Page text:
#ThinkSpeak & #ClinicSpeak: do PPMSers need a DMT?

If you have PPMS how would you want it treated? #ClinicSpeak #ThinkSpeak #MSBlog

I have had another email from a US colleague who is worried about the risk-benefit ration of ocrelizumab in PPMS. He/she is worried about the risk of secondary malignancy with ocrelizumab and is therefore going to ‘continue prescribing off-label Rituximab instead’. I pointed out to him/her that the safety data on Rituximab-treated PPMSers in real life is too small to assume it is safe in PPMS and that he/she is prescribing a therapy that has been shown to be ineffective in PPMS. Because Rituximab is effective in RRMS does not mean we can extrapolate the RRMS rituximab data to PPMS and assume it will be effective in PPMS as well. 

It is interesting to see how the mind works and that someone is prepared to extrapolate efficacy data from RRMS to PPMS, despite the rituximab PPMS trial being negative and ignoring the fact that the ocrelizumab PPMS trial is positive.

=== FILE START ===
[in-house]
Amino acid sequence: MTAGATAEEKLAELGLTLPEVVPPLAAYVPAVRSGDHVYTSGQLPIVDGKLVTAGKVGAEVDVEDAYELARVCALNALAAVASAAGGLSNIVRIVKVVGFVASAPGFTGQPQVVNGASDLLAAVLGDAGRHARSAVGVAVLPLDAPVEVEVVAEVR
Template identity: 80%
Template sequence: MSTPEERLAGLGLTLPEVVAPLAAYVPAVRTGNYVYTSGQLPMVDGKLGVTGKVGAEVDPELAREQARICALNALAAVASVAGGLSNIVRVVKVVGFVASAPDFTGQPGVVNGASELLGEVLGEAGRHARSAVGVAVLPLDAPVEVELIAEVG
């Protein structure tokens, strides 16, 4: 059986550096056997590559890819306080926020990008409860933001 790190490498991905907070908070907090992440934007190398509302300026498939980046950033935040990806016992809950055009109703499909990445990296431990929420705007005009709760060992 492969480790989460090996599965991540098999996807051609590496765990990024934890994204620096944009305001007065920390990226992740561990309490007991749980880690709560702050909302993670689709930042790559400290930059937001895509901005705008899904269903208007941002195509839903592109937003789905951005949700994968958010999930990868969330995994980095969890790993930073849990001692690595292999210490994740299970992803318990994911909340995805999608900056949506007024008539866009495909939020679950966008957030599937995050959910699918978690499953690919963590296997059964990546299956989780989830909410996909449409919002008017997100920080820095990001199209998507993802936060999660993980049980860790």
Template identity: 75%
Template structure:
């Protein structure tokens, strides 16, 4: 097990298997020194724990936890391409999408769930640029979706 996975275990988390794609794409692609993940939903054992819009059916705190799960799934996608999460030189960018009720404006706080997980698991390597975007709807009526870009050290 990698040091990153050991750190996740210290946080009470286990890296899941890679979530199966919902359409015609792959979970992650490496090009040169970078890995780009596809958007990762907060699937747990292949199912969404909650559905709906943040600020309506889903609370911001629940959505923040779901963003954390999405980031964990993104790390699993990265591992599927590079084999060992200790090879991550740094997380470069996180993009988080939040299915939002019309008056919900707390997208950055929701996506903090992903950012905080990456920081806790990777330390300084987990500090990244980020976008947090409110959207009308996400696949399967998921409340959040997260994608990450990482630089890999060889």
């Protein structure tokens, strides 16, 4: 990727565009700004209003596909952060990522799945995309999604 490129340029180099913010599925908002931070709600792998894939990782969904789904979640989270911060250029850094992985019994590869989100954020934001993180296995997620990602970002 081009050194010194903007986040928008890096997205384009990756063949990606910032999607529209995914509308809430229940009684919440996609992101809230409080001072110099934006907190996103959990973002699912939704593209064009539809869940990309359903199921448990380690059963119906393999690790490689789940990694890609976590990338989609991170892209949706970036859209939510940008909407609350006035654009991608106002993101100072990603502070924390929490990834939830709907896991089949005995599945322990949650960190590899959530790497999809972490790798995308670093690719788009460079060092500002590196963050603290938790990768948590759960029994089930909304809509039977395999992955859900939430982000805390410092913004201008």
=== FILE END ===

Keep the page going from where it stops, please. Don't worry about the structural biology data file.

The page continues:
Could there be an efficacy difference between rituximab and ocrelizumab that explains the results? I have recently learnt that ocrelizumab is a much more potent B-cell depleter than Rituximab, i.e. ~10x as potent. Could this explain its therapeutic effect in PPMS? A 600mg dose of ocrelizumab is therefore ~6x more potent than 1,000mg dose of rituximab. The large punch provided by ocrelizumab may explain and efficacy difference particularly if we are targeting the hard to get to meningeal and intrathecal B cells? Let’s hope an ocrelizumab CSF biomarker study is done to explore this possibility. Another way of looking at this is to see what impact ocrelizumab has on cortical gray matter atrophy and B cell follicles using imaging. We think some of the gray matter atrophy that occurs in MS is due to the meningeal B-cell infiltrates. 

I also pointed out to my colleague that to assume that ocrelizumab increases his/her patient’s risk of secondary malignancy may be premature; the ocrelizumab malignancy signal at the moment could be a false positive signal. We really need to wait for more data to emerge through post-marketing surveillance to clarify this issue. We have the same issue with oral cladribine; the only way to assess secondary malignancy risks with DMTs is with long-term follow-up studies.